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5 Aug, 2023 17:30

Number of undetected migrants to UK last year revealed

Asylum seekers are finding alternative methods to arrive on UK shores, government data suggests
Number of undetected migrants to UK last year revealed

An estimated 21,000 migrants are believed to have entered the United Kingdom last year entirely undetected by border authorities, The Times reported on Saturday, citing a source within the UK’s Home Office.

Despite the figure, a Home Office spokesperson said in comments published by the Times on Saturday: “We are relentless in our pursuit of those who seek to enter the UK illegally. Border Force have robust measures in place to detect clandestine entrants into the UK and stand ready to respond to any methods deployed.”

The government data obtained by the newspaper shows that around 30,000 asylum applicants did not enter the UK on small boats but instead arrived by other means of transportation.

Official Home Office data shows that nearly 9,000 illegal migrants were discovered by Border Force authorities attempting to enter the UK without adequate documentation. This means that around 21,000 migrants who attempted to submit asylum applications in 2022 had gained entry to the United Kingdom without detection by immigration authorities.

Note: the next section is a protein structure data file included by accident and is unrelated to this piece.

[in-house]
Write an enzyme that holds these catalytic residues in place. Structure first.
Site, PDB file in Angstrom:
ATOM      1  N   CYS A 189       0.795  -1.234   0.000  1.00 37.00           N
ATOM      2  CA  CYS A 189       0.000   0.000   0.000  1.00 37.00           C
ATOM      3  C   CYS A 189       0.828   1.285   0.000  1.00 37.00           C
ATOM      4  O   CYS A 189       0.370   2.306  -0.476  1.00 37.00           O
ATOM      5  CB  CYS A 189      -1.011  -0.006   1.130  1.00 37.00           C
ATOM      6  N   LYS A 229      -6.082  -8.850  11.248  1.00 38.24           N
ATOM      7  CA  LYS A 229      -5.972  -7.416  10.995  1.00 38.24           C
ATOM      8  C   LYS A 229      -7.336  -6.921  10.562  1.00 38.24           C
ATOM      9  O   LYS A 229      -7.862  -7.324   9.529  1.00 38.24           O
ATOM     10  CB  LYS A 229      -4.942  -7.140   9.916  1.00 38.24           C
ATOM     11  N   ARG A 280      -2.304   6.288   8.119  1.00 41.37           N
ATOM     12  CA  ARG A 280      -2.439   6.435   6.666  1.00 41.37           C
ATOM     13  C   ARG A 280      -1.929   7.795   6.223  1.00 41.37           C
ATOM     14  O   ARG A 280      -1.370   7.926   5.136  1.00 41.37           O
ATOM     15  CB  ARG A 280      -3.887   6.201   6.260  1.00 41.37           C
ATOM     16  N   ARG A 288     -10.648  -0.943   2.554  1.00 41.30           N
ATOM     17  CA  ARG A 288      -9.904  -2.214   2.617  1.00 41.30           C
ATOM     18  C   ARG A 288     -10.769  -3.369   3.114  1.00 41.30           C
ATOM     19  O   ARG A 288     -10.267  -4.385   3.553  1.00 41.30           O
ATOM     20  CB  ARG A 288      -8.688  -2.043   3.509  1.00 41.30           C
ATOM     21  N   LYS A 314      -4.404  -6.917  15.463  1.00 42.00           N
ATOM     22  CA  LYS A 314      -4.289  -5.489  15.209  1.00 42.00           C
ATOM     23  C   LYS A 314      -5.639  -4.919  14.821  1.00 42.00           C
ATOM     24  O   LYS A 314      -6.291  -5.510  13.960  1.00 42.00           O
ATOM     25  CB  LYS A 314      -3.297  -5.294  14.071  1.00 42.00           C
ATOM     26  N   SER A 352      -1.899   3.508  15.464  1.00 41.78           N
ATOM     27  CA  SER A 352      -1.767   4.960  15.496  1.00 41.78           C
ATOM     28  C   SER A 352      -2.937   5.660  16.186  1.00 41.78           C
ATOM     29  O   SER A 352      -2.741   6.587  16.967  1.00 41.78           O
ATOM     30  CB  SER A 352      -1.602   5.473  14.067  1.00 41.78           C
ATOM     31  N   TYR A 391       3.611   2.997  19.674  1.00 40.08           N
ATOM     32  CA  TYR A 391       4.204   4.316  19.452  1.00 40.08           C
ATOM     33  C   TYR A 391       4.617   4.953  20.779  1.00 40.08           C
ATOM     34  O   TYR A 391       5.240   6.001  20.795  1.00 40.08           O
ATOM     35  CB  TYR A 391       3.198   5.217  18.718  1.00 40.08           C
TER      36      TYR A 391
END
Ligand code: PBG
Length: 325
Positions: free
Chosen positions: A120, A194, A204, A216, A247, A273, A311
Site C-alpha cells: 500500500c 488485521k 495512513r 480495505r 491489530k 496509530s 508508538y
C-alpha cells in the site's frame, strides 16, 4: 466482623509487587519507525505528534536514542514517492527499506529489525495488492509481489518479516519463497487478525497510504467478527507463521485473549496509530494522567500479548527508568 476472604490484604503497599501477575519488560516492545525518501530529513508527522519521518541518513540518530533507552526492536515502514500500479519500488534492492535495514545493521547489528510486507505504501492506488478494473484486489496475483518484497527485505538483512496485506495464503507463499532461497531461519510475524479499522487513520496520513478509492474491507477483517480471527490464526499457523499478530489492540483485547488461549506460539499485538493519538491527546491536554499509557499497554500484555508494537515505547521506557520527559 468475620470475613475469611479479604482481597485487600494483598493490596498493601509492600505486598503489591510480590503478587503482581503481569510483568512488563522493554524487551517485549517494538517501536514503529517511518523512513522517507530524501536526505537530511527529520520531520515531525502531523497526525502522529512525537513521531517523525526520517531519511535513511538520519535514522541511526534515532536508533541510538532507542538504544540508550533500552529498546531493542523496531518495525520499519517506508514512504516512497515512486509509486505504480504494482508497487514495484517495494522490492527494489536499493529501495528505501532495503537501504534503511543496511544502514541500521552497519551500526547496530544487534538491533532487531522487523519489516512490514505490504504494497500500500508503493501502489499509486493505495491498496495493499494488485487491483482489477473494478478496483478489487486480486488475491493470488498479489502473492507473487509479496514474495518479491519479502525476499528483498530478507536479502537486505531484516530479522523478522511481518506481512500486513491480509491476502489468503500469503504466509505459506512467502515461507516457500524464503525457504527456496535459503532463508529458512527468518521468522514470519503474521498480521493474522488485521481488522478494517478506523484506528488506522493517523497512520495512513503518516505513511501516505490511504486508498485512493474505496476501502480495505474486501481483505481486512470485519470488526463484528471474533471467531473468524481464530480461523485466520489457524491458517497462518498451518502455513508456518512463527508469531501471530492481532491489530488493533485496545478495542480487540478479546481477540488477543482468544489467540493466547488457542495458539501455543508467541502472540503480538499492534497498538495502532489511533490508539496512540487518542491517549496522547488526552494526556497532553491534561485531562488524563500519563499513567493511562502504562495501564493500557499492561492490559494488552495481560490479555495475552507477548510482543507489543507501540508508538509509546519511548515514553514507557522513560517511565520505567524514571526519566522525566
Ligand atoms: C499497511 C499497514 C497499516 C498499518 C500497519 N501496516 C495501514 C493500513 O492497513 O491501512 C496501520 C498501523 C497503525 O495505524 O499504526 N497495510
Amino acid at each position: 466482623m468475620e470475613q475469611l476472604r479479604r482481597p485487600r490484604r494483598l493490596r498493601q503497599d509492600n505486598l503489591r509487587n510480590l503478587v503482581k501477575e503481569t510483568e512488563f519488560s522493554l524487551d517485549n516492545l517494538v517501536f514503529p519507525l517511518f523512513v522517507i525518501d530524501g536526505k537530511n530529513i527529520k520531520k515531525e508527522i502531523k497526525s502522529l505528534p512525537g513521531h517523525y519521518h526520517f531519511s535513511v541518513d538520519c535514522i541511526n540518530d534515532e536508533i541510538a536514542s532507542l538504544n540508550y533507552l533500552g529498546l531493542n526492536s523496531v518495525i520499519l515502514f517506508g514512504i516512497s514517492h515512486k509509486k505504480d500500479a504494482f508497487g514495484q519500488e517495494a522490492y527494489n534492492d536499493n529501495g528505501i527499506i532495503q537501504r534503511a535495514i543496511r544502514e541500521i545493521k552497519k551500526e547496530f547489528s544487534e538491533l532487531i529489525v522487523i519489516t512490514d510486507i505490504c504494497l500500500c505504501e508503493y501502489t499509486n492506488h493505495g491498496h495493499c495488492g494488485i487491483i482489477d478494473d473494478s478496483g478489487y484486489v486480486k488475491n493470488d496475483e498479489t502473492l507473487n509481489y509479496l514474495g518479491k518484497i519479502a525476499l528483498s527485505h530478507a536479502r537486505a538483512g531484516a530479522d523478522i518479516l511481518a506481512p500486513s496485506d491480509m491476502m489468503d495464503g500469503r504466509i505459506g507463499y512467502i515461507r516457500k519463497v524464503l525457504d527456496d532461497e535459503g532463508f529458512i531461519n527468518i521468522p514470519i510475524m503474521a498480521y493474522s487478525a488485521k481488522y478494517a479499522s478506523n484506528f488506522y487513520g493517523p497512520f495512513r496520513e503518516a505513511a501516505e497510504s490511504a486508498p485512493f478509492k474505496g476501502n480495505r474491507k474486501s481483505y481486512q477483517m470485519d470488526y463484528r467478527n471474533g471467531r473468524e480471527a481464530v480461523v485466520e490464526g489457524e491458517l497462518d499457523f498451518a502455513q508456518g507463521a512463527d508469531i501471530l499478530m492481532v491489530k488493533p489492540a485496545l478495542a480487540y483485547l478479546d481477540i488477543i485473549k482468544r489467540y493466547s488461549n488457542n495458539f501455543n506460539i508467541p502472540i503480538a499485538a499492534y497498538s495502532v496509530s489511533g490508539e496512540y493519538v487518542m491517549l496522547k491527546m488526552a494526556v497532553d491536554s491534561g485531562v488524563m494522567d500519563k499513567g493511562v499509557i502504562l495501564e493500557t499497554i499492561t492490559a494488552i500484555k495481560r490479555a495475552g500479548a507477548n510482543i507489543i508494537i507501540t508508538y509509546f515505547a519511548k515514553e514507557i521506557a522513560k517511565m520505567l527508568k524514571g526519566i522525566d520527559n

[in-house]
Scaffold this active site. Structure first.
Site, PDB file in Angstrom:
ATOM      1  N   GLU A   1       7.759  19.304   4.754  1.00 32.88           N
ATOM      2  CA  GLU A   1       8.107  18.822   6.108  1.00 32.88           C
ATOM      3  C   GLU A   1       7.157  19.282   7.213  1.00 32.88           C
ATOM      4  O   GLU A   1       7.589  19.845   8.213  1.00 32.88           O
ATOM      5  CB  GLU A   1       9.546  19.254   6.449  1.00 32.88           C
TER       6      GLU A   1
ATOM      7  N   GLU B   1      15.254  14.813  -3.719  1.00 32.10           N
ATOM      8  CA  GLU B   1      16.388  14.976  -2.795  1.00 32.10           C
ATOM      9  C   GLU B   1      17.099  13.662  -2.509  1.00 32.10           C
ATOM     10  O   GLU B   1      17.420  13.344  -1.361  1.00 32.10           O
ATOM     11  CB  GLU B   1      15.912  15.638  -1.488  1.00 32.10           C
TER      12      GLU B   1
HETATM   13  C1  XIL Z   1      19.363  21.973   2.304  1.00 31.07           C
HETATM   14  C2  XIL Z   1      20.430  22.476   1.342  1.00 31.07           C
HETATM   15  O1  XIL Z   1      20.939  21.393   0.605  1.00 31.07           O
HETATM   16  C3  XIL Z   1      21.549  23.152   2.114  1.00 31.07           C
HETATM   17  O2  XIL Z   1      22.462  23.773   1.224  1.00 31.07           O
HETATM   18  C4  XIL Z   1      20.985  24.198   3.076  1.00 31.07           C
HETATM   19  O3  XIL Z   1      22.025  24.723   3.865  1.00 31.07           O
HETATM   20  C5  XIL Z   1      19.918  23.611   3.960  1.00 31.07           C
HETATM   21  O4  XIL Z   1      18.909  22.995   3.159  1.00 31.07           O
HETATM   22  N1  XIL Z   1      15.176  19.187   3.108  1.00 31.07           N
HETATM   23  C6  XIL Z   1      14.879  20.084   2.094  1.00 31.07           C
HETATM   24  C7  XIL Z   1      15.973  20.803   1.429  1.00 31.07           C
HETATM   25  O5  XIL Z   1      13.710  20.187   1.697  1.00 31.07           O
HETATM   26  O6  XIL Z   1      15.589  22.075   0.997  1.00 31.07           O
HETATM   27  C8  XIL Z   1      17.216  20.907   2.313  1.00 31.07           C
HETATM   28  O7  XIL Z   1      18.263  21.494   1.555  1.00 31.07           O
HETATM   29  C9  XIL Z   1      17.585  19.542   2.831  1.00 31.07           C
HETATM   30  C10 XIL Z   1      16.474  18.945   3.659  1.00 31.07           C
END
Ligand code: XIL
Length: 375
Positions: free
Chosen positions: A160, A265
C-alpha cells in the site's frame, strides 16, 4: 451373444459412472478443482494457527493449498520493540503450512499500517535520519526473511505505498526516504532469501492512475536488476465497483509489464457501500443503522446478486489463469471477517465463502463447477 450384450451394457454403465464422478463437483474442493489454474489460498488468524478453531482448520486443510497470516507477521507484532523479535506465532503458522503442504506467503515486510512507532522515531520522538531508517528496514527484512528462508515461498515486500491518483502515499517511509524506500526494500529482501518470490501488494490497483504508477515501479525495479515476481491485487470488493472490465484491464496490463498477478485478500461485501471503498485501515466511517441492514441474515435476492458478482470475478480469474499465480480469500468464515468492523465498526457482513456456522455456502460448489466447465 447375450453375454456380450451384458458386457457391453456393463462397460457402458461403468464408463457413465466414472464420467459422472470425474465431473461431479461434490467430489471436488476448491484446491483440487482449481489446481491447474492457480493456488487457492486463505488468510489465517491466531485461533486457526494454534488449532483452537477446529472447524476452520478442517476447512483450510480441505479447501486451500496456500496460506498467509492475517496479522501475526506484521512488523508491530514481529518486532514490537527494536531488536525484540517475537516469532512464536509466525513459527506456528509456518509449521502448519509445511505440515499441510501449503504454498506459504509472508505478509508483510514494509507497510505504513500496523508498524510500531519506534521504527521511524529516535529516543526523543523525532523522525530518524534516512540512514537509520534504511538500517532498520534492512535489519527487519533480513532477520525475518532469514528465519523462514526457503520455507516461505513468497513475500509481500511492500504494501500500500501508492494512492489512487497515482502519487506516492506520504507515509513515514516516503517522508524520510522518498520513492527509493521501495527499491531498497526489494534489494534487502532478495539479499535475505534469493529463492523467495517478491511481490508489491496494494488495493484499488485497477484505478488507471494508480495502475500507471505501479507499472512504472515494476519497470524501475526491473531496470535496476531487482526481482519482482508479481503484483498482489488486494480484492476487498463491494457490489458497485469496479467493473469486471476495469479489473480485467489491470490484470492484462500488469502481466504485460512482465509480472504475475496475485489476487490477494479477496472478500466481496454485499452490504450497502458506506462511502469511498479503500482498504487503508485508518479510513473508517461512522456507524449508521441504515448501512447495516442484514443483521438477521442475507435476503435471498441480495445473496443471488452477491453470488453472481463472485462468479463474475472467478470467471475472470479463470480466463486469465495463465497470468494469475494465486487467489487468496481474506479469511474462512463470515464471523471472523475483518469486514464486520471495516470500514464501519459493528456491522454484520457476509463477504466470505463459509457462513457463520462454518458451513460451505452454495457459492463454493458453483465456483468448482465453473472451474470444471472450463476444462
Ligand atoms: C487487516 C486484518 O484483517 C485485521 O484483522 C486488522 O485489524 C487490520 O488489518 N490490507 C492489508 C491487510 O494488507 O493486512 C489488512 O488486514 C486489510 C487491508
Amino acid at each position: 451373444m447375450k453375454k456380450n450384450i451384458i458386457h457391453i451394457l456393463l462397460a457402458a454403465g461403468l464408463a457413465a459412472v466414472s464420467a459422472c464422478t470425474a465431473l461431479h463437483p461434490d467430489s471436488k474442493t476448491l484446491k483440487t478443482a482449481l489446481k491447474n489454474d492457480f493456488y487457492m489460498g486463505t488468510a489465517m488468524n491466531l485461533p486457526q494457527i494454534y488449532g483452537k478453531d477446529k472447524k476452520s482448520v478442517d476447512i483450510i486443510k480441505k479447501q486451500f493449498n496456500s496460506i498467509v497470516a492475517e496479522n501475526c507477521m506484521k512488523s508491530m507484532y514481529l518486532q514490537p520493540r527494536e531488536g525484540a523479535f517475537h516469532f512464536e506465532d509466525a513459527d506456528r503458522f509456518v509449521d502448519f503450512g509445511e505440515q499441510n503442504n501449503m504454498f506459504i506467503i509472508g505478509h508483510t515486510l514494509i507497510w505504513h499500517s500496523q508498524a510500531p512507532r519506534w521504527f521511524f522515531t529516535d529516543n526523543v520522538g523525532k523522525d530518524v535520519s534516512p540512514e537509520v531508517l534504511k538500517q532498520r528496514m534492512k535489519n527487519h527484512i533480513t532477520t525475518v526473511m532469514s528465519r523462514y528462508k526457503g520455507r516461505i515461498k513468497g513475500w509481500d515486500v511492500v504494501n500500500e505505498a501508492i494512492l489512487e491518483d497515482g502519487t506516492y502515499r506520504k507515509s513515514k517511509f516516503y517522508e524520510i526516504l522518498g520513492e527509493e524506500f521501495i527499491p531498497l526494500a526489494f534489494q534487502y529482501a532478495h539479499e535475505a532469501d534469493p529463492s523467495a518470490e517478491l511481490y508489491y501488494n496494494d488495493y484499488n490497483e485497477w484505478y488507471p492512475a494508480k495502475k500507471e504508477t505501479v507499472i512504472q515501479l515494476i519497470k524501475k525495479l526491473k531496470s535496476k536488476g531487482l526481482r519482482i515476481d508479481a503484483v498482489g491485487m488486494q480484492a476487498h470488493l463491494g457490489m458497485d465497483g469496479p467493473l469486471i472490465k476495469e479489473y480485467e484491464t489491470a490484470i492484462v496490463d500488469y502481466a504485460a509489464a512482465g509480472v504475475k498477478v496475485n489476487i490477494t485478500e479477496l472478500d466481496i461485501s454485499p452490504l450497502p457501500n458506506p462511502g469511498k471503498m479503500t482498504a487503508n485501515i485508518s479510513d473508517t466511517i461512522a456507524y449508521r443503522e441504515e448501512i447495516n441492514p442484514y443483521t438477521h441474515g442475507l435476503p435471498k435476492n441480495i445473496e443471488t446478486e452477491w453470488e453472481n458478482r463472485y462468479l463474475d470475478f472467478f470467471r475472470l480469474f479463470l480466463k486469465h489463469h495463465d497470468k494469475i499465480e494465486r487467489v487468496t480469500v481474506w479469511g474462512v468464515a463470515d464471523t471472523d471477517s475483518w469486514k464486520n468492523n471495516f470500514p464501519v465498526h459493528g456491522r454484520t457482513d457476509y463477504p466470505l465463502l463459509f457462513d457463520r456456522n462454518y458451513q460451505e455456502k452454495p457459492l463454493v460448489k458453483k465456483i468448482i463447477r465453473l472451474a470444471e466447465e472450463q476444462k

A further 54,563 migrants who arrived in the UK, including on small boats, lorries or as stowaways on ships, were detected by border authorities up to 72 hours after crossing the border, the Times said.

UK Prime Minister Rishi Sunak had made his campaign pledge of ‘Stop the Boats’ one of his primary objectives since taking office in Downing Street last year. However, the Home Office figures appear to show that an increasing number of migrants are choosing non-traditional entry points.

This is perhaps, according to supply chain specialist Oakland International, due to migrants looking for different ways to enter the country amid Sunak’s policy on small boats – which included deporting undocumented migrants to Rwanda.

The data also leads to questions about the robustness of UK security at its border entry points, the Times notes. Last year, freight-industry figures suggested that official government figures, which appeared to show a precipitous drop in the numbers of stowaway migrants, did not tally to higher numbers of migrant detections observed in industry data.

Trade magazine The Grocer said that it has registered a 33% increase in fresh produce having to be destroyed last year due to food safety concerns linked to stowaways. In February, the Home Office increased the fine that haulage operators must pay if a stowaway is found in one of their vehicles, from £2,000 ($2,500) per migrant to £10,000 ($12,750).